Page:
Not much to pick from in 'American Idol's' four finalists
There is some debate about whether this has been the strangest season of "American Idol" to date. But there's no question it has seemed like the longest.
From the opening audition circus in Philadelphia to last week's precognition display by Paula Abdul, TV's giant karaoke contest has been a marathon instead of a sprint. (Of course, time drags when you have back-to-back-to-back theme weeks of Dolly Parton, Andrew Lloyd Webber and Neil Diamond. Almost makes you long for the return of Peter Noone.)
But the end is in sight. At long last we are down to the Final Four: David Cook, David Archuleta, Jason Castro and Syesha Mercado.
Whoa, that's our final four? This really has been a weird year. There were better, more charismatic singers who didn't even make the Top 12. Remember Danny Noriega, Kady Malloy and Asia'h Epperson?
It's too late for regrets. Let's dance with the ones we voted for, shall we? (Or at least the ones Fox has told us we voted for.) Here's a look at the contenders in alphabetical order.
David Archuleta. The judges keep urging the 17-year-old from Utah to loosen up and have fun, but that isn't likely to happen. He even made "Sweet Caroline" sound like a dirge. Little David always seems one harsh comment away from tears.
What he does have is that lustrous, soaring voice. Talent-wise, he's tops. But he hasn't done a very good job of choosing material and to his detriment, every performance sounds alike.
Those considerations aren't as important as the squeals and screams that greet him every time he takes the stage. Never forget that "American Idol" is a popularity, not a talent contest. And Archumania could well carry him to the top.
His fate will tell us a lot about the current state of "Idol." The teenager's primary appeal is to younger females who cherish his Smurfy squeezability. But audience studies suggest that girls have been jumping off the "Idol" bandwagon this season in droves. If Archuleta doesn't win, it's a sure sign that "Idol" is graying rapidly.
Another reason to vote for him: it's obligatory for "Idol" winners to record a Christmas album. And he would make by far the best caroler.
Jason Castro. Living proof that cornflower blue eyes, suburban dreadlocks and a crooked smile can take you a long way in this world.
Because certainly, the 20-year-old Texan hasn't gotten this far on merit. He's had precisely one memorable vocal outing all season long: an emotional cover of Leonard Cohen's "Hallelujah," a la the late Jeff Buckley.
Yet many online polls have Castro as the frontrunner. (Refer back to observation about popularity vs. talent.) And to be fair, his mediocre showing isn't entirely his fault. No one in the contest has been more hamstrung by the show's idiotic and unbecoming string of theme weeks. Castro has about as much facility for show tunes as he apparently would for multivariable calculus.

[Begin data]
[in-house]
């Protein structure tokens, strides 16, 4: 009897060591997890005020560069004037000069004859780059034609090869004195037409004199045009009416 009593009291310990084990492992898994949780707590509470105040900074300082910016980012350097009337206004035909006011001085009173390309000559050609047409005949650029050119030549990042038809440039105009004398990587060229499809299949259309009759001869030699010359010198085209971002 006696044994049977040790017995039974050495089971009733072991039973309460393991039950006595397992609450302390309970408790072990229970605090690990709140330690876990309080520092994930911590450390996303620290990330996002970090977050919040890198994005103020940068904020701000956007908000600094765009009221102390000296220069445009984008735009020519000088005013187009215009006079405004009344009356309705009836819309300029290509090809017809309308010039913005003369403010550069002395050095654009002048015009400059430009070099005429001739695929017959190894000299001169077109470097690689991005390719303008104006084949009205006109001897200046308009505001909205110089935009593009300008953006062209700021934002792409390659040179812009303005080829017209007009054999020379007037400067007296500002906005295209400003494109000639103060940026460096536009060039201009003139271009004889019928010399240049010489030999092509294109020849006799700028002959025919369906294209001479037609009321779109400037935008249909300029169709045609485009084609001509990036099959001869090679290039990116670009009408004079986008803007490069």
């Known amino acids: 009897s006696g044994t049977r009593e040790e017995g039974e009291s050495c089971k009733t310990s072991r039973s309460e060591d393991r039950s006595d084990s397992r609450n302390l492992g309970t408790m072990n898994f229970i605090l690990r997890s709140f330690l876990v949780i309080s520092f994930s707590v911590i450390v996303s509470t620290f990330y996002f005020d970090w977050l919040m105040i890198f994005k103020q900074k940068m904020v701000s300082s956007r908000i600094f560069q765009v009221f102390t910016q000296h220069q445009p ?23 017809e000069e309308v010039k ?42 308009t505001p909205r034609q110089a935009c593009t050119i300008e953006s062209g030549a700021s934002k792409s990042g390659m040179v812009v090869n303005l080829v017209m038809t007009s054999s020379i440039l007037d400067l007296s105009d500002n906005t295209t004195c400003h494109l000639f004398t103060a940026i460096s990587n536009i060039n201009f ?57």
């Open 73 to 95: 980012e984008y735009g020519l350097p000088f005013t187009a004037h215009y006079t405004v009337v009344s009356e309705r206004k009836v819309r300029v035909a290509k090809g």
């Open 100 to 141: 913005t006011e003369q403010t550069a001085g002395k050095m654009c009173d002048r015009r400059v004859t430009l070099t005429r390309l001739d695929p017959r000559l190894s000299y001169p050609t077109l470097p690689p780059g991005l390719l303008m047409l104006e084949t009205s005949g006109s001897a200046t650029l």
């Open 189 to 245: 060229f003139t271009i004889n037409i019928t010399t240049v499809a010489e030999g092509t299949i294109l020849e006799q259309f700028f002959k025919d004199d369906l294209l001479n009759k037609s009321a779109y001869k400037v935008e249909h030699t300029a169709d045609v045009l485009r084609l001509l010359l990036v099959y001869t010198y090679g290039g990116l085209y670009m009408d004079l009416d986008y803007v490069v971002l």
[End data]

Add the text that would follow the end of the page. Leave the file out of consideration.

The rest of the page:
He is certainly the first person to make it this far in the "Idol" elimination process without seeming to care one iota about the outcome. If he has a competitive bone in his body, it hasn't emerged yet. Week in and week out, whether the judges are praising him or flaying him, he responds with the same twinkle in his eyes and "aw, shucks" grin.
"It's all good" - his totally laid-back stoner manner appears to say. And so far, it has been.
David Cook. The senior member of our foursome is following the proven path to "Idol" coronation: He's shown marked improvement and growth through the course of the competition, and "Idol" voters usually reward that dedication.
He may be the unlikeliest contender, with his glum air and his cabbage-patch hairdo. (Cook seems to have patterned his look on that Visa commercial where the guy messes himself up before getting on line outside a punk club. "Looking like you just rolled out of bed - priceless.")
No one has benefited more from the "Idol" rule change that allowed contestants to accompany themselves on instruments this year. From the time he strapped on a guitar to rock out on the Turtles' "Happy Together," Cook has been winning fans. The real turning point was his radical emo cover of Lionel Richie's "Hello."
Imagine that: a truly original musical moment on "American Idol"!
But Cook also proved surprisingly adaptable this past month as "Idol" put the singers over the bad-music hurdles.
Yeah, Cook is looking more and more like your next "American Idol." That's what Paula said last week. And, as we now know, she can see into the future.
Syesha Mercado. What the ... ? How did she make it so far? Suffice it to say, if a longshot this prohibitive had done this well at the Kentucky Derby, there would be a stewards' inquiry.
Nothing against the 21-year-old Floridian. She's attractive, with a decent voice and abundant energy. But she's notably lacking that little ingredient known as star-power.
Show of hands: How many of you would rush out to buy a Syesha CD? Thought so.
Maybe it's an "Idol" conspiracy. No one else in the competition fared as well with the off-off-Broadway tilt of the last few weeks. Only Mercado had the type of stagey bravado needed to carry this dreck. Hmmm.
However you slice it, Mercado has managed to hang in there, despite the fact that she has consistently been among the bottom-dwellers each week.
If she survives Wednesday night, it will be a miracle. Of course, we've been saying that for two months. Hey, maybe she is bullet-proof.